Minnesota is a fascinating place when it comes to education. Student populations are increasingly culturally and linguistically diverse, especially in the Twin Cities. Overall child outcomes have been historically high relative to national averages, but wide and persistent achievement gaps reveal unacceptable disparities by race, ethnicity, immigration status, and income. Local education leaders, funders, and advocates are increasingly seeking change in policy and educational programs. In this environment, it’s interesting to zoom in on work happening at a local level, to identify lessons that can be applied elsewhere in Minnesota, and in other schools, states, and cities.

Today we release Supporting Minnesota Educators, a new website from Bellwether Education Partners. This project began by looking at the McKnight Foundation Pathway Schools Initiative, which aimed to improve pre-K to third grade reading outcomes in seven schools in Minnesota’s Twin Cities via formative assessments, educator professional development, and leadership supports for principals. McKnight and its partners began with bold ambitions to support significant improvements in student learning, but those gains haven’t materialized in most participating schools. These results show how complicated school improvement work can be, and also point to how policymakers can better set schools and principals up for success.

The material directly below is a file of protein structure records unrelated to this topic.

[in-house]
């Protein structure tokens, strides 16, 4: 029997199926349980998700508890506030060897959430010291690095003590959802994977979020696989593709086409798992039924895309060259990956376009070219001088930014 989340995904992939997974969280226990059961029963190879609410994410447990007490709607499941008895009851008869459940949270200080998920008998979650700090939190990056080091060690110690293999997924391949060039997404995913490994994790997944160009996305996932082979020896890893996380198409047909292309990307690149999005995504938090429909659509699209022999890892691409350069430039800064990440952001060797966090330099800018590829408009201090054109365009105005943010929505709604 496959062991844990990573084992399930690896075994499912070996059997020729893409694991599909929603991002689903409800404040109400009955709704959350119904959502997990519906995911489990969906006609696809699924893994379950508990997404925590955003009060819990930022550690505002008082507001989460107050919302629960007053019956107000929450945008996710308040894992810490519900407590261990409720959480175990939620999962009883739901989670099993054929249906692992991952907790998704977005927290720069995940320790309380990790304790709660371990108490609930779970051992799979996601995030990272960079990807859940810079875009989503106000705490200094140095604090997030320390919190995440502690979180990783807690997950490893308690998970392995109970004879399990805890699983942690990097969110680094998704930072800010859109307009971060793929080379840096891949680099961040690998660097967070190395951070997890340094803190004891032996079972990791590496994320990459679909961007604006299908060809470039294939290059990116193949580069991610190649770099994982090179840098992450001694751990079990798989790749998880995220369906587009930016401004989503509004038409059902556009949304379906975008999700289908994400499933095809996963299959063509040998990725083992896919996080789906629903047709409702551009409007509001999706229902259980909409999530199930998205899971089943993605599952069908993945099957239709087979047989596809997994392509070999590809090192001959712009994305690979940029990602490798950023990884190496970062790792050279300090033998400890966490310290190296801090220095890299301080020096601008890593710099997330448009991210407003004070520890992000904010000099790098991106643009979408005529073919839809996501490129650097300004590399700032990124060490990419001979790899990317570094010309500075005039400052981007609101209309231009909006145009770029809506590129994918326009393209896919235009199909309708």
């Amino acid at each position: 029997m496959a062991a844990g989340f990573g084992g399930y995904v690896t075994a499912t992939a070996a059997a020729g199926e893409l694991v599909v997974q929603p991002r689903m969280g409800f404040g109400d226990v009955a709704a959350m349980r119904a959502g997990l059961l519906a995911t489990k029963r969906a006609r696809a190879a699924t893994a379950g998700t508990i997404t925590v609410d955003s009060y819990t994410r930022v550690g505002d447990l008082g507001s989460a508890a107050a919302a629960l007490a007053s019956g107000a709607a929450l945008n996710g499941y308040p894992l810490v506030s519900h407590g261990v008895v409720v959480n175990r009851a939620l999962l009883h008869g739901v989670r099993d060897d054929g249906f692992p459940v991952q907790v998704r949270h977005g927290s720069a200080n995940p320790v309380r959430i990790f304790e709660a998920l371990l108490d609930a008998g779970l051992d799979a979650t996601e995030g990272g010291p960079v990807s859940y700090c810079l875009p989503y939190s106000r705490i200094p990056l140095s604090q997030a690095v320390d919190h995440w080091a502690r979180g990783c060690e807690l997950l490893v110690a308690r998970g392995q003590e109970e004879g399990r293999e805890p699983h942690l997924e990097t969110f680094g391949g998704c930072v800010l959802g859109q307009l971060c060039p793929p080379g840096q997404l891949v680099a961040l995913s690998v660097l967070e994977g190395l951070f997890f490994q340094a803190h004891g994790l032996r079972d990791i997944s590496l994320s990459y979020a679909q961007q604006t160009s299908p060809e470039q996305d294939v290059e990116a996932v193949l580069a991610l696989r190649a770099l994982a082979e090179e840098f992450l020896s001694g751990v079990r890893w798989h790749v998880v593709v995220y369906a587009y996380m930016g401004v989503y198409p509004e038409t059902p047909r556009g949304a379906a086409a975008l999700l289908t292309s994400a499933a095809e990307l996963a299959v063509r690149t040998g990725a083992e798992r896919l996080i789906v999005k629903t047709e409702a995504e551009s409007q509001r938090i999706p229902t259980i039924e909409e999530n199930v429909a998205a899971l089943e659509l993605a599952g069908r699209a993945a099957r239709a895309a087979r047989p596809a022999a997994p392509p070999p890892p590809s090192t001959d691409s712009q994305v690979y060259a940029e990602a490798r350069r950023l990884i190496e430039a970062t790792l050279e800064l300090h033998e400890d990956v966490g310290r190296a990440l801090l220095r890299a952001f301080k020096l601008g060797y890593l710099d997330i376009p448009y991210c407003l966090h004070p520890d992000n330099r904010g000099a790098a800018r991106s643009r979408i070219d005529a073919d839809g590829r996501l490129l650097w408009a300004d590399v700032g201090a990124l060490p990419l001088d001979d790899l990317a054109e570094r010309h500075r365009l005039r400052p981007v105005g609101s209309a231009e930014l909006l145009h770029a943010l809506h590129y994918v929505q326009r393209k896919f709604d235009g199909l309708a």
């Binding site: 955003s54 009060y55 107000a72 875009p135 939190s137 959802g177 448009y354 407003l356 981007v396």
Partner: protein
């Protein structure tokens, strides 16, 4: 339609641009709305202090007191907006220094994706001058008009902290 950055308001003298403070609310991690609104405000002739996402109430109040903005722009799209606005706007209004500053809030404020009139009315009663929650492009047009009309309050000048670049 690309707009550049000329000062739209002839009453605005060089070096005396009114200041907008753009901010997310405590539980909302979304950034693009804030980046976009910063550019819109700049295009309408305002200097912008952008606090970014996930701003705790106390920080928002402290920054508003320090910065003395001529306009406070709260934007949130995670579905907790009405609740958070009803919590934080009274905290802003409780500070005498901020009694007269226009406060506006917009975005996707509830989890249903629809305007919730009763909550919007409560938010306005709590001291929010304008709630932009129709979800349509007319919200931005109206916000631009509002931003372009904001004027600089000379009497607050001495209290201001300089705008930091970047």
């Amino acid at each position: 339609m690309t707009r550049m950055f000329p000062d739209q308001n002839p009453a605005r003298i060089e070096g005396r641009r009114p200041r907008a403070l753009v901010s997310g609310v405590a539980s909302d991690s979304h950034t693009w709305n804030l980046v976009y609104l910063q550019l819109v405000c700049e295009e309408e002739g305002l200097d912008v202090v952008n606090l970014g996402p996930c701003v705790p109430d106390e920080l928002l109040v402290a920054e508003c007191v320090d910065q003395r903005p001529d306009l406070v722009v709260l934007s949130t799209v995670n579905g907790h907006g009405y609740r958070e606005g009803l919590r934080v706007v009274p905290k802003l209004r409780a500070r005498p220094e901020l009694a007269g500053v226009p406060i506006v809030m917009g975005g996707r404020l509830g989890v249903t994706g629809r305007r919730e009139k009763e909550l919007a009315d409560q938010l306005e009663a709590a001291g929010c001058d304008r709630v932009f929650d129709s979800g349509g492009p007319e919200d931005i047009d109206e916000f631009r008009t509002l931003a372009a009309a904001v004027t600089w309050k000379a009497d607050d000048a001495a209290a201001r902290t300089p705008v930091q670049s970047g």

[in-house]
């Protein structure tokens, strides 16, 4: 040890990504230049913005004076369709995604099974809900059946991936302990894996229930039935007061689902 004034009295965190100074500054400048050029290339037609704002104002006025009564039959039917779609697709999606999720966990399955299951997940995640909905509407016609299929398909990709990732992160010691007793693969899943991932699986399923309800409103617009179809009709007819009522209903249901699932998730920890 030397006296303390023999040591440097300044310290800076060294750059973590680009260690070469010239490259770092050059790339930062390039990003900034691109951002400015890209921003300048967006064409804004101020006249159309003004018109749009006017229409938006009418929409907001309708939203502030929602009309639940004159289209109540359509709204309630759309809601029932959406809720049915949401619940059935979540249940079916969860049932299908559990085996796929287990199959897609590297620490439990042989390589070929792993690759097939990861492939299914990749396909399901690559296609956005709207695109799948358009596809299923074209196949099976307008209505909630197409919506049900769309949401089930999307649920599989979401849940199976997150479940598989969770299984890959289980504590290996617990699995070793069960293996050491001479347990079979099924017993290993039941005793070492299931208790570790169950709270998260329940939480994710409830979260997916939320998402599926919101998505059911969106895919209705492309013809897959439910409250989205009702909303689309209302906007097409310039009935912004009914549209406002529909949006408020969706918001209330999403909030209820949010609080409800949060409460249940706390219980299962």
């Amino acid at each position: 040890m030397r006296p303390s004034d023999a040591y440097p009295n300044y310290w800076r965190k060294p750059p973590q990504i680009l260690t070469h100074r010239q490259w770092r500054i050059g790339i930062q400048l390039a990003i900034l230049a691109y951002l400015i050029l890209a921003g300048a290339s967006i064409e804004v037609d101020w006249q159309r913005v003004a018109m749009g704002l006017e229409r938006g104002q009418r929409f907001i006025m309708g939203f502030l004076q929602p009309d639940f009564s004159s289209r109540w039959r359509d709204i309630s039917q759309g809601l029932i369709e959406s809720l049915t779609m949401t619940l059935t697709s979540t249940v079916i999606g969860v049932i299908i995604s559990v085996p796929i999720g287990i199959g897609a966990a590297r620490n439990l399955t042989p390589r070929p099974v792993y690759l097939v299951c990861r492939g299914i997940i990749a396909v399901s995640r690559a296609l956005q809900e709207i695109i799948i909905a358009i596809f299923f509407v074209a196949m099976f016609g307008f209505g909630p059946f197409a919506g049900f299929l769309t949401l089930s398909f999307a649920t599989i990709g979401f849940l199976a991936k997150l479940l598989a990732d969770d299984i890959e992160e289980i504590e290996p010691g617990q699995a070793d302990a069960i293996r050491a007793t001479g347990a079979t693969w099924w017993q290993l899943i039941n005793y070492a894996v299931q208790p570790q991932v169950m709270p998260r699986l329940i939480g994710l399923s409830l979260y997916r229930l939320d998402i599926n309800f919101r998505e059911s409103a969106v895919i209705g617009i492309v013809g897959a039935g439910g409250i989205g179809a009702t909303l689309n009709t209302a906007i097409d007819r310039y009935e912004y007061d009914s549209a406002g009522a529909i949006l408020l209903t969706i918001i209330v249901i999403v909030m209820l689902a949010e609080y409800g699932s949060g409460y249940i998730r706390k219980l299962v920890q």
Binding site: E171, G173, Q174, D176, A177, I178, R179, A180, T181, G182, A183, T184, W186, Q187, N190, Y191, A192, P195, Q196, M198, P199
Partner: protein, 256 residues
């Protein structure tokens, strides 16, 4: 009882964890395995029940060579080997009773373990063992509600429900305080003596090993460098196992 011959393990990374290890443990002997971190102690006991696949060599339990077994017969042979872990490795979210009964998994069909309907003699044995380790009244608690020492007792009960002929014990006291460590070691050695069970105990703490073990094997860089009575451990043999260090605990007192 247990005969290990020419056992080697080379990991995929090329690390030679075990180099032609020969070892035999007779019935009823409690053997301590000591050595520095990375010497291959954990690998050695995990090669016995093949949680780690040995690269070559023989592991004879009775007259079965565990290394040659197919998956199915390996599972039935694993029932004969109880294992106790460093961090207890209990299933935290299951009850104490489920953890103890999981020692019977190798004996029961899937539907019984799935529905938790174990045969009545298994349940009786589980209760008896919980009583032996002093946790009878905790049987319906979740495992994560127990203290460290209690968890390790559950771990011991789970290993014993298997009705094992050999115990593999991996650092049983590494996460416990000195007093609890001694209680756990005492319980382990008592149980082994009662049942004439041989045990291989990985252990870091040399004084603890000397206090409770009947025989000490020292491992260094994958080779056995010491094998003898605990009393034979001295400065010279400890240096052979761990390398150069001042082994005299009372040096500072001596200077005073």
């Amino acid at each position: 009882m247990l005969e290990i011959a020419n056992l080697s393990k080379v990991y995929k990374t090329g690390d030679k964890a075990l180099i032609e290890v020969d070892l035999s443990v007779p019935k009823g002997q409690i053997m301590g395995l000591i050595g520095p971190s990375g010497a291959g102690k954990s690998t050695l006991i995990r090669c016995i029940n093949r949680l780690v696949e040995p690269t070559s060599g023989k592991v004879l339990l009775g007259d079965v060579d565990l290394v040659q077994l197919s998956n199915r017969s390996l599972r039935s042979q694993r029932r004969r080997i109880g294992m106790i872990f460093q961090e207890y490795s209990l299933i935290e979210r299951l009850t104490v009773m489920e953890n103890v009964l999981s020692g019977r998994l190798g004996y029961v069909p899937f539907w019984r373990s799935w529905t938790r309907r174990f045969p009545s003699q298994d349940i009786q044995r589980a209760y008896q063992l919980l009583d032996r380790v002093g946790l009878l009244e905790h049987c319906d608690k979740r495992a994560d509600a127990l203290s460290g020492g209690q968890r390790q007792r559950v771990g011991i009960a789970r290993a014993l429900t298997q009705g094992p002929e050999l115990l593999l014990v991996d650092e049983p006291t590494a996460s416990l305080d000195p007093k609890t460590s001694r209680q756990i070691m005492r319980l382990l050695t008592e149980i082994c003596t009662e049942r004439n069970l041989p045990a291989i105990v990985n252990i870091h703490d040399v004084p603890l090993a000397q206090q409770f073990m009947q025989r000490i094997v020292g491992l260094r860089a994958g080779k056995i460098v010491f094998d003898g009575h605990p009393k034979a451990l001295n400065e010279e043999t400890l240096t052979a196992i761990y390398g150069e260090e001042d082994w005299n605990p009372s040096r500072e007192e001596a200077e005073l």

In examining evaluation results and speaking with initiative stakeholders, we found three key lessons that can inform future efforts:

  1. Foster stability among educators and leaders to allow for instructional and school culture changes to take hold
  2. Build leadership teams in schools focused on improving teaching and learning
  3. Improve training for educators so they have the knowledge and skills to provide excellent instruction for all students

Supporting Minnesota Educators expands on all three of these lessons, and brings together results from the Initiative with national research and resources. The website will also serve as a home for more resources to come on these topics in the year ahead – you can sign up for updates here. I hope this website will be a helpful resource for leaders, teachers, and advocates and generate conversation about pre-K to third grade and school improvement in Minnesota and elsewhere.